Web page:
His name is Gansey, and Blue soon discovers that he is a rich student at Aglionby, the local private school. Blue has a policy of staying away from Aglionby boys. Known as Raven Boys, they can only mean trouble.


But Blue is drawn to Gansey, in a way she can’t entirely explain. He has it all—family money, good looks, devoted friends—but he’s looking for much more than that. He is on a quest that has encompassed three other Raven Boys: Adam, the scholarship student who resents all the privilege around him; Ronan, the fierce soul who ranges from anger to despair; and Noah, the taciturn watcher of the four, who notices many things but says very little.


For as long as she can remember, Blue has been warned that she will cause her true love to die. She never thought this would be a problem. But now, as her life becomes caught up in the strange and sinister world of the Raven Boys, she’s not so sure anymore.


From Maggie Stiefvater, the bestselling and acclaimed author of the
Shiver trilogy and The Scorpio Races, comes a spellbinding new series where the inevitability of death and the nature of love lead us to a place we’ve never been before.

I’ve gushed about this book a lot on this blog already, but it deserves a proper review as well so I’ll try to do this coherently. 

I’ve always been skeptical to this series, despite knowing how many people love it. First off, the covers look cheesy and the synopsis on the back of the book is even cheesier. The tagline needs to go. Combined, it all makes the book sound like your regular, dramatic YA romance. “Female character can’t kiss her true love or he will die.” Yawn. Well, THAT’S NOT EVEN WHAT THIS BOOK IS ABOUT. Even the synopsis from Goodreads focuses mostly on that, and it doesn’t do the book justice at all. At most, the true love’s death kiss is more on an overarching mystery that always looms in the background. Who is Blue’s true love? Is it actually Gansey? We’ve already seen he will (probably??) die, as Blue saw him as a spirit on St. Mark’s Eve, but how will he die? Why? 

Before reading the book I thought Blue was like Juliette in Shatter Me, that there was something physical about her that made her kiss lethal, but it’s not like that. Thank god. It’s not a power/curse she has. I think this is important to point out, because it’s way less cheesy this way. 

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The Rest of Us Just Live Here by Patrick Ness [REVIEW]

22910900The Rest of Us Just Live Here by Patrick Ness
First published by in August 2015 by Walker Books
Tags:
Young Adult, Fantasy, Contemporary
Buy: Amazon | Book DepositoryB&N

Source: Library

Rating:  photo four stars_zps2ktftgcp.png

What if you aren’t the Chosen One?

The one who’s supposed to fight the zombies, or the soul-eating ghosts, or whatever the heck this new thing is, with the blue lights and the death?


What if you’re like Mikey? Who just wants to graduate and go to prom and maybe finally work up the courage to ask Henna out before someone goes and blows up the high school. Again.


Because sometimes there are problems bigger than this week’s end of the world, and sometimes you just have to find the extraordinary in your ordinary life.


Even if your best friend is worshipped by mountain lions.


Award-winning writer Patrick Ness’s bold and irreverent novel powerfully reminds us that there are many different types of remarkable.

It’s been two months since I finished this book so it’s about time I write the review. Those of you who don’t know anything about this book might wonder why I classified it as both fantasy and contemporary, as ‘contemporary’ in the blogging world tends to refer to realistic non-fantasy books. Well, this book is set in a world where fantasy stuff goes down, but the book still reads largely like a contemporary because it focuses on regular people (mostly) and their every-day lives. It’s about those people in the background, who watch the chosen ones with weird names run around fighting vampires and zombies and blow up the school on prom night. Yeah, you know those people, we’ve all seen those shows and read those books.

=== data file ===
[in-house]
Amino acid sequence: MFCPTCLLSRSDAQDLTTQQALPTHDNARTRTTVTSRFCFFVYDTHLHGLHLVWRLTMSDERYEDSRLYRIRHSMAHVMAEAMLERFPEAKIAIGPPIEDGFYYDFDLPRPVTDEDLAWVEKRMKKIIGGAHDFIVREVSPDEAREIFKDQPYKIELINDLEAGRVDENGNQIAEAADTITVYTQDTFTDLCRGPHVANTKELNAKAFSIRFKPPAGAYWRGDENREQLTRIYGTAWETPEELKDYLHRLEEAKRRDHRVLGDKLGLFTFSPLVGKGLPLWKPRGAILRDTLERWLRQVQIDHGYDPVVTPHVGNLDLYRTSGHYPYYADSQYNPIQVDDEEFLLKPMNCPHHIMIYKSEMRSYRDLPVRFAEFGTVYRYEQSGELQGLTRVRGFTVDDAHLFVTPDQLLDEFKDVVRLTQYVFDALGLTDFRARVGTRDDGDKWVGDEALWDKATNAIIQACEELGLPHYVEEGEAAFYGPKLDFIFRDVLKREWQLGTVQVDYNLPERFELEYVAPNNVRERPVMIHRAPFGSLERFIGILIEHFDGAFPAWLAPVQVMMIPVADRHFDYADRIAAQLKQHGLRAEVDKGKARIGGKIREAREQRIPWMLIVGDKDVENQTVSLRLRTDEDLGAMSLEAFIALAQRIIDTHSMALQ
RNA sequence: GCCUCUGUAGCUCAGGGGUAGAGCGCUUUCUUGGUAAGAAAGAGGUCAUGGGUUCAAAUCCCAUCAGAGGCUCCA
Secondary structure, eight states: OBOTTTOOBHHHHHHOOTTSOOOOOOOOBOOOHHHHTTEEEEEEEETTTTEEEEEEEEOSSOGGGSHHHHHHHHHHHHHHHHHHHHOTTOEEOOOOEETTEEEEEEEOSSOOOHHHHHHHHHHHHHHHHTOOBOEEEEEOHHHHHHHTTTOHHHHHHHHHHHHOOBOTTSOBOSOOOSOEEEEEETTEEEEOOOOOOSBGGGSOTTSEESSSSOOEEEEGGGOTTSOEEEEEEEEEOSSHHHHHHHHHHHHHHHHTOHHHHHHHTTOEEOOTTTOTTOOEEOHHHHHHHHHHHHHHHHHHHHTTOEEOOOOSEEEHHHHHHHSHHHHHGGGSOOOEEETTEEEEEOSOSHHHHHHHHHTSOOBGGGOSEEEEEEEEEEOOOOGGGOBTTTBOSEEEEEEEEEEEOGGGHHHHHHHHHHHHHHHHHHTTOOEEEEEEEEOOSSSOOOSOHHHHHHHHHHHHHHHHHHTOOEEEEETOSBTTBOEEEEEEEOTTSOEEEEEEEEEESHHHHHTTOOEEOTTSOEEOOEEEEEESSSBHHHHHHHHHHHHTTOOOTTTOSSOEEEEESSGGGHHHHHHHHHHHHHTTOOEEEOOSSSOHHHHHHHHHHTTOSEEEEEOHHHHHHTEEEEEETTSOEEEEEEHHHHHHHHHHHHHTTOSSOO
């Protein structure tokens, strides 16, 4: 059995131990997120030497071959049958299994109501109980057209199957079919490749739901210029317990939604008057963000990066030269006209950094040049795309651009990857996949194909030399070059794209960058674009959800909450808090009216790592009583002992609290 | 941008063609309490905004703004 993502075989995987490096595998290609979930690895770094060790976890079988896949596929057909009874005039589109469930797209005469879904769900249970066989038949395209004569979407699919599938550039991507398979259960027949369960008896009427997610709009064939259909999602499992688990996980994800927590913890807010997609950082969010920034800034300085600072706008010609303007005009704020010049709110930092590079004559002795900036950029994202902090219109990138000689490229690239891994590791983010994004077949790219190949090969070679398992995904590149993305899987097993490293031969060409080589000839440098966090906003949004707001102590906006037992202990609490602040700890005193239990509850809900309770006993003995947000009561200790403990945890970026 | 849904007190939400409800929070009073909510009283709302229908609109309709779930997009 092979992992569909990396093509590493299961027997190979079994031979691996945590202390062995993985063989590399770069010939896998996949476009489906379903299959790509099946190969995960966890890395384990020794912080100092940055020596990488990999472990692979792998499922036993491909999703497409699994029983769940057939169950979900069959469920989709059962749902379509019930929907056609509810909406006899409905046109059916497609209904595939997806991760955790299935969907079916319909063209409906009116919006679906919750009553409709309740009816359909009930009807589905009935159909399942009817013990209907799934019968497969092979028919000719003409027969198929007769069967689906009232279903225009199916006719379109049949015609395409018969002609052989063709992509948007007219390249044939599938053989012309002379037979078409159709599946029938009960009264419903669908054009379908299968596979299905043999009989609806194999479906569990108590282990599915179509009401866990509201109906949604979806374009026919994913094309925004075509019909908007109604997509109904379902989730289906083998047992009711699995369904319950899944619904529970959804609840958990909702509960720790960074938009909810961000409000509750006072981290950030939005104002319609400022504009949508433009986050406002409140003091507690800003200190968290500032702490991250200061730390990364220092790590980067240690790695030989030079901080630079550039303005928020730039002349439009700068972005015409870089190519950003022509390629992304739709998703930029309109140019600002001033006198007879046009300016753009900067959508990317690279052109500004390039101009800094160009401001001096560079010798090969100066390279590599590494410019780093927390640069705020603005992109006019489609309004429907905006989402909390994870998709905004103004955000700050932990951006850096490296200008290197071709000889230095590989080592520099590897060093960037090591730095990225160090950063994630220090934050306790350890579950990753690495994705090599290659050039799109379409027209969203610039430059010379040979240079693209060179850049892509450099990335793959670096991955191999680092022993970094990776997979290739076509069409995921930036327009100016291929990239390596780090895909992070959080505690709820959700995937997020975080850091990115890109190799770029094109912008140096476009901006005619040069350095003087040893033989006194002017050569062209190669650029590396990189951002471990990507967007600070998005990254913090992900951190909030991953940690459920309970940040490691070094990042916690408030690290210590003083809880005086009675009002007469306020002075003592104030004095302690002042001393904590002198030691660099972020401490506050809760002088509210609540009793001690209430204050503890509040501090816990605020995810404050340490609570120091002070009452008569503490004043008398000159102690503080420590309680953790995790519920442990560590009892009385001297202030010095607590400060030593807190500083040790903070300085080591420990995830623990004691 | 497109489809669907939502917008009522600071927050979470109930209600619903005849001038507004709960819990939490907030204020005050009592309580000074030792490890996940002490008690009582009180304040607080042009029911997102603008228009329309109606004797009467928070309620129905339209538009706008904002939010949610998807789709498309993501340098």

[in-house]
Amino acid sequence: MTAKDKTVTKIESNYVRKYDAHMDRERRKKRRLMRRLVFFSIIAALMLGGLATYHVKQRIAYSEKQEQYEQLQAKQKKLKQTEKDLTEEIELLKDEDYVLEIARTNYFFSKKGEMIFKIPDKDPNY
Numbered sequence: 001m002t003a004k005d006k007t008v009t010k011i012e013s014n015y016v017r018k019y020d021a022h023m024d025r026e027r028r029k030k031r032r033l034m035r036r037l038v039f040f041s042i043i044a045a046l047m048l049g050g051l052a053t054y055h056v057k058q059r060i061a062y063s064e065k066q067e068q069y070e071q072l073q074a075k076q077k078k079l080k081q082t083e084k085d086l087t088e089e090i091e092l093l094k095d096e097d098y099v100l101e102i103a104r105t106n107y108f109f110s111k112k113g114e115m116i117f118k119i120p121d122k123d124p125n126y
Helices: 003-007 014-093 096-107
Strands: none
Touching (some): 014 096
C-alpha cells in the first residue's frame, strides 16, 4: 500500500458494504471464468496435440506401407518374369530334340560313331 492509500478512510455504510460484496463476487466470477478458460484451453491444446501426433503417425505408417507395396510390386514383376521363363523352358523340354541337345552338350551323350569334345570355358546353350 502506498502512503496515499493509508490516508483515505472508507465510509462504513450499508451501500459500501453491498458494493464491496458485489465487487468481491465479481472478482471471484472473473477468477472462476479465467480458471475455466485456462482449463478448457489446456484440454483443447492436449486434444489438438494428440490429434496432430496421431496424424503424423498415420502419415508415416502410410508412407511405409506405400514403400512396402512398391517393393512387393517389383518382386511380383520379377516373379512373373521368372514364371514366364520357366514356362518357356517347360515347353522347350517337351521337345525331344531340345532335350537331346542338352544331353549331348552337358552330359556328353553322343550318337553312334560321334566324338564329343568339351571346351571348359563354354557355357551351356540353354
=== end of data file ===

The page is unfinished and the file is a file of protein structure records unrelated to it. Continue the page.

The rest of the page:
But what about the people in the background? What are they doing while all this is happening? And how do they deal with the consequences of the chosen peoples’ drama? Well, they just live there, and this time we’re pulling the background into the foreground and putting all the special kids (called “indie kids” in the book) in the backdrop. They go about their daily lives and their own personal battles. Everyone’s a hero in some way. 

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Days of Blood and Starlight by Laini Taylor [REVIEW]

22363172Days of Blood and Starlight by Laini Taylor
Series: Daugher of Smoke and Bone #2
First published by in November 2012 by Little, Brown and Company
Tags:
Young Adult, Fantasy
Buy: Amazon | Book DepositoryB&N

Source: Purchased

Rating:  photo four half_zpszfonypqk.png

Once upon a time, an angel and a devil fell in love and dared to imagine a world free of bloodshed and war.

This is not that world.


Art student and monster’s apprentice Karou finally has the answers she has always sought. She knows who she is—and what she is. But with this knowledge comes another truth she would give anything to undo: She loved the enemy and he betrayed her, and a world suffered for it.


In this stunning sequel to the highly acclaimed
Daughter of Smoke & Bone, Karou must decide how far she’ll go to avenge her people. Filled with heartbreak and beauty, secrets and impossible choices, Days of Blood & Starlight finds Karou and Akiva on opposing sides as an age-old war stirs back to life.

While Karou and her allies build a monstrous army in a land of dust and starlight, Akiva wages a different sort of battle: a battle for redemption. For
hope.

But can any hope be salvaged from the ashes of their broken dream?

Read my review of Daughter of Smoke and Bone here.